Ontario temporarily pauses residential evictions for length of emergency declaration
The move marks the 2nd time the province has paused evictions during COVID-19 pandemic
Ontario has temporarily paused residential evictions during its current state of emergency.
The province's municipal affairs minister says the pause will ensure people can stay safely in their residences while a stay-at-home order remains in place.
The order, which came into effect today, requires all Ontario residents to stay home as much as possible, only leaving for essential trips.
This is the second time the province has paused residential evictions during the COVID-19 pandemic.
The Landlord and Tenant Board will continue to hear eviction applications and issue orders, but the enforcement of eviction orders will be postponed, except in urgent situations — such as for illegal activity.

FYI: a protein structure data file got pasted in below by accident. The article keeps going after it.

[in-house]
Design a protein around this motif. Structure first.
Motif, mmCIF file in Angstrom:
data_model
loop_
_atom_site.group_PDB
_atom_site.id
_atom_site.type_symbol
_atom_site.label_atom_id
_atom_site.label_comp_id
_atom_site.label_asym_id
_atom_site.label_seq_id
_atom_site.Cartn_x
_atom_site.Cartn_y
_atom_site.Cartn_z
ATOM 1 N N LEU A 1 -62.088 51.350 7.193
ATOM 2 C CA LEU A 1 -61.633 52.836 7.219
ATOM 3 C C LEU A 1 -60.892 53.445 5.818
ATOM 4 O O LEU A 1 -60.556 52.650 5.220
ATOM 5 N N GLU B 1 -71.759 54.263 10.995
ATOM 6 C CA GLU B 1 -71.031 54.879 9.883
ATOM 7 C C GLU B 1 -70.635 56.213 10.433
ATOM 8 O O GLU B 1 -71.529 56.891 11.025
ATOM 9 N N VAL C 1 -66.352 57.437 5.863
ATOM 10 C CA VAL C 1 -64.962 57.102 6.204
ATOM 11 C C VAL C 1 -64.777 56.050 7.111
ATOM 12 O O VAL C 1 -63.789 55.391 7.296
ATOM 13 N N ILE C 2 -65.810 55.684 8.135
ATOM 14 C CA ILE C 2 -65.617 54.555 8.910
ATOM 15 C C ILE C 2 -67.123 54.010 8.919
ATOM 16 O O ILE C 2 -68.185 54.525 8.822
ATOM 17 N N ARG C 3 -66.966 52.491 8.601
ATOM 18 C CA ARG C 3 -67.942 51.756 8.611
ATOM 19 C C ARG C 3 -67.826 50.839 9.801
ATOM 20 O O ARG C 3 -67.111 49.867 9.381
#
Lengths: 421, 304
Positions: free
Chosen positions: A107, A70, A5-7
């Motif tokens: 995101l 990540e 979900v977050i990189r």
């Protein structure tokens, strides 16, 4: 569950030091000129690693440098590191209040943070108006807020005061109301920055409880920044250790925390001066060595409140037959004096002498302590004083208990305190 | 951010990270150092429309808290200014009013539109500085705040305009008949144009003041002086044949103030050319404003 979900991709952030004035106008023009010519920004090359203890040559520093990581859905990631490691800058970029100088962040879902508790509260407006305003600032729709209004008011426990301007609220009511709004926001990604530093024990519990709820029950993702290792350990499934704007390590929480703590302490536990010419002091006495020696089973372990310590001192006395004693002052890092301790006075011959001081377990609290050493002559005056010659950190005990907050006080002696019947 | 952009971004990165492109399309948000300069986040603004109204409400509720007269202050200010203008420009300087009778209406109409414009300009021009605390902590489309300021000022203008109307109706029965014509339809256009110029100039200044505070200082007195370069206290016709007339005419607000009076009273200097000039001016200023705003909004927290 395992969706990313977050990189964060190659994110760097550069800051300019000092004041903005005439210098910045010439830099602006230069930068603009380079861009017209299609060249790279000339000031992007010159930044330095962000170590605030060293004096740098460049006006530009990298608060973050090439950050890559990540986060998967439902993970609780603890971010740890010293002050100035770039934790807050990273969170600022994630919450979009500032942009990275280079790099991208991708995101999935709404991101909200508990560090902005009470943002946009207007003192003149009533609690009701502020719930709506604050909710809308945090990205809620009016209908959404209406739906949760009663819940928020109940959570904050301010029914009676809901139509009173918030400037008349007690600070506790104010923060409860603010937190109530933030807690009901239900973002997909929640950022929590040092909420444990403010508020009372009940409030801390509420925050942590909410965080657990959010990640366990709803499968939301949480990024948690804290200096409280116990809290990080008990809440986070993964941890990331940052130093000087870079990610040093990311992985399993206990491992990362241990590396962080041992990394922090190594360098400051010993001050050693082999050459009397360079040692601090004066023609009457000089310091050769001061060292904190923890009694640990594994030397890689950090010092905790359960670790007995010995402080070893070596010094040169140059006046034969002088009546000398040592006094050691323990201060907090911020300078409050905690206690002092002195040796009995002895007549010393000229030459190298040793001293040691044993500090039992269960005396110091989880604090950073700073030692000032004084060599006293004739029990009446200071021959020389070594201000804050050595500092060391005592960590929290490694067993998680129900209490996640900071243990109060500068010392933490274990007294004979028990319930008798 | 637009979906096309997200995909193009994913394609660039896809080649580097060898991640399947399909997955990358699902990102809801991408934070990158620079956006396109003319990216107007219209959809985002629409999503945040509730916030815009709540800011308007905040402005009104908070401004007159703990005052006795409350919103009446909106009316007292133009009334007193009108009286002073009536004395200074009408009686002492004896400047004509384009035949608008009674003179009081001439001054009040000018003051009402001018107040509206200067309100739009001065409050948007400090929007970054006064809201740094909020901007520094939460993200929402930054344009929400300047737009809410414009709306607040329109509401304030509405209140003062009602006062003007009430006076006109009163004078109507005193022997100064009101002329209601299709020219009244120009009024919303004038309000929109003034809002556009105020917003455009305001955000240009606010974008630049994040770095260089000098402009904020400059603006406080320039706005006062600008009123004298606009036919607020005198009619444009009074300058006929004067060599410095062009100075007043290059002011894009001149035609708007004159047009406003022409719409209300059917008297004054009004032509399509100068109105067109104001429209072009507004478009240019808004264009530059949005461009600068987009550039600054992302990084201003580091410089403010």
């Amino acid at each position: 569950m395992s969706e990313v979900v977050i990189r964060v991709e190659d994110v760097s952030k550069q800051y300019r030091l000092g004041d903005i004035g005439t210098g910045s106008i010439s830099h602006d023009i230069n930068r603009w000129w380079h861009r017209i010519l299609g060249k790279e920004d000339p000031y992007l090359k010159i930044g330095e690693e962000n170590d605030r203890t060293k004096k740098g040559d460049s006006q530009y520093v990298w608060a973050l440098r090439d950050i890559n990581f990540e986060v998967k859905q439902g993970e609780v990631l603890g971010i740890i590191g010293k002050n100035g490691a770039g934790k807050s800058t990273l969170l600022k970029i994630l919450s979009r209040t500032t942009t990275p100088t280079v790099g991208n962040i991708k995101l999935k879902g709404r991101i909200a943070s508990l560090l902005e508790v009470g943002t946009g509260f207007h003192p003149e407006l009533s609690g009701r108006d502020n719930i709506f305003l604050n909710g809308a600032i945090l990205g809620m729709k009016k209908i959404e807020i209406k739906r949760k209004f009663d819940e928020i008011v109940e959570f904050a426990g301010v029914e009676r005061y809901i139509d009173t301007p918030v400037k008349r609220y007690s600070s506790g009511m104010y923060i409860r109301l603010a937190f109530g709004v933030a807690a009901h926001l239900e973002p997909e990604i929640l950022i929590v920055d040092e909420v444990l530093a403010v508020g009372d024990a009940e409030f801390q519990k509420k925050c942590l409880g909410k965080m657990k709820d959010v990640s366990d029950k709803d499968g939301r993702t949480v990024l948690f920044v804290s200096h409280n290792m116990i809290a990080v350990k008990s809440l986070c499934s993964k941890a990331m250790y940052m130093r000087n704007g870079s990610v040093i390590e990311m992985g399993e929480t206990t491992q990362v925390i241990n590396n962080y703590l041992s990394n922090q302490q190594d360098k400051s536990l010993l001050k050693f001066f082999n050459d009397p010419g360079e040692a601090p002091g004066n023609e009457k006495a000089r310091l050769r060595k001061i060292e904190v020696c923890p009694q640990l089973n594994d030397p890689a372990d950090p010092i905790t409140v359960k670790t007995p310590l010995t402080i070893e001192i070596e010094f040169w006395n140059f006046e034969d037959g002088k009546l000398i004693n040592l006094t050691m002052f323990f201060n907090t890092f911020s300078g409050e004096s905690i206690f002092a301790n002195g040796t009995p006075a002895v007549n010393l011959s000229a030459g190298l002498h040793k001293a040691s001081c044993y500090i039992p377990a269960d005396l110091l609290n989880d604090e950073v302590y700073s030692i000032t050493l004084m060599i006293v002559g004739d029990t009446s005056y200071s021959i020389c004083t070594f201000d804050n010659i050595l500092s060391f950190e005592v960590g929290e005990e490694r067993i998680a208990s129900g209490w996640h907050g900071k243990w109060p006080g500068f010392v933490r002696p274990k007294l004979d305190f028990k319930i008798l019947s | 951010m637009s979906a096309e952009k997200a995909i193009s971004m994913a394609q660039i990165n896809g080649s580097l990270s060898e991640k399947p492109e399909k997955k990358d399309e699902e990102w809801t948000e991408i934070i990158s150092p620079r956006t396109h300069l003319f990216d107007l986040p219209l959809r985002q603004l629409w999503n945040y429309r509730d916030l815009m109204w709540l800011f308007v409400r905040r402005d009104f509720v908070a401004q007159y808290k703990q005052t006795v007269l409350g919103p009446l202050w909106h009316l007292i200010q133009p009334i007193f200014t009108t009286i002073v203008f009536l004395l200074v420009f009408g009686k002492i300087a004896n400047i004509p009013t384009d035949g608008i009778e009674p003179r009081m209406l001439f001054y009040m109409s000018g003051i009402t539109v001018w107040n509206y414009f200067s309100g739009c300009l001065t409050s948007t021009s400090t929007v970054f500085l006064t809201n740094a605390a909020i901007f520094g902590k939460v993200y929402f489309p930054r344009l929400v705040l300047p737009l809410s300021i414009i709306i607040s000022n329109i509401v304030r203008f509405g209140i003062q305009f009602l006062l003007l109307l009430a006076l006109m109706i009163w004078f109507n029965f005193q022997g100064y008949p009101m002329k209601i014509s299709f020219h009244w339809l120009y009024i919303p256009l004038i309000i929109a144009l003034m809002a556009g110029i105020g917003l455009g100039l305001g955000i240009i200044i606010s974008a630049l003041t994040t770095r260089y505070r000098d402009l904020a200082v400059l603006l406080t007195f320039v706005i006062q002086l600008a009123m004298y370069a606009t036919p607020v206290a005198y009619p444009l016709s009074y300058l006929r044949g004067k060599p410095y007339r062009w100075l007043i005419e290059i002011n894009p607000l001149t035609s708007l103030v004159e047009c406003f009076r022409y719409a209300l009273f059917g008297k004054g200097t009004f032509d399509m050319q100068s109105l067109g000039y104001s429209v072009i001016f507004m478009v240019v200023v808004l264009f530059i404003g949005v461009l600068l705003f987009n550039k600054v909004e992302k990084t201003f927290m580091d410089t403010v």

The government says if tenants can pay their rent, they should continue to do so, or pay as much as possible.
The province declared the state of emergency on Tuesday and said it will stay in place for at least 28 days.
Suze Morrison, the provincial NDP tenant rights critic, criticized Thursday's order saying it still leaves people vulnerable to evictions during the pandemic.
Morrison said the Ford government needs to institute a moratorium on all eviction notices, hearings and orders, as well as the suspension of eviction enforcement by the sheriff for the entire duration of the pandemic.
"Thousands of people in Ontario are at risk of being thrown out of their homes, through no fault of their own, after losing income this year because of COVID-19," said Morrison.
"Calling off the sheriffs at the eleventh hour from enforcing evictions that have already been ordered will not keep folks housed and safe."
The order also has "overly broad exceptions that will still allow eviction enforcement to continue under the new directive," Morrison said, and people have complained that virtual eviction hearings have been rife with procedural unfairness.
"Doug Ford has baked in loopholes you could drive a truck through, allowing any evictions to continue at the discretion of the Landlord and Tenant Board," she said.
With files from CBC News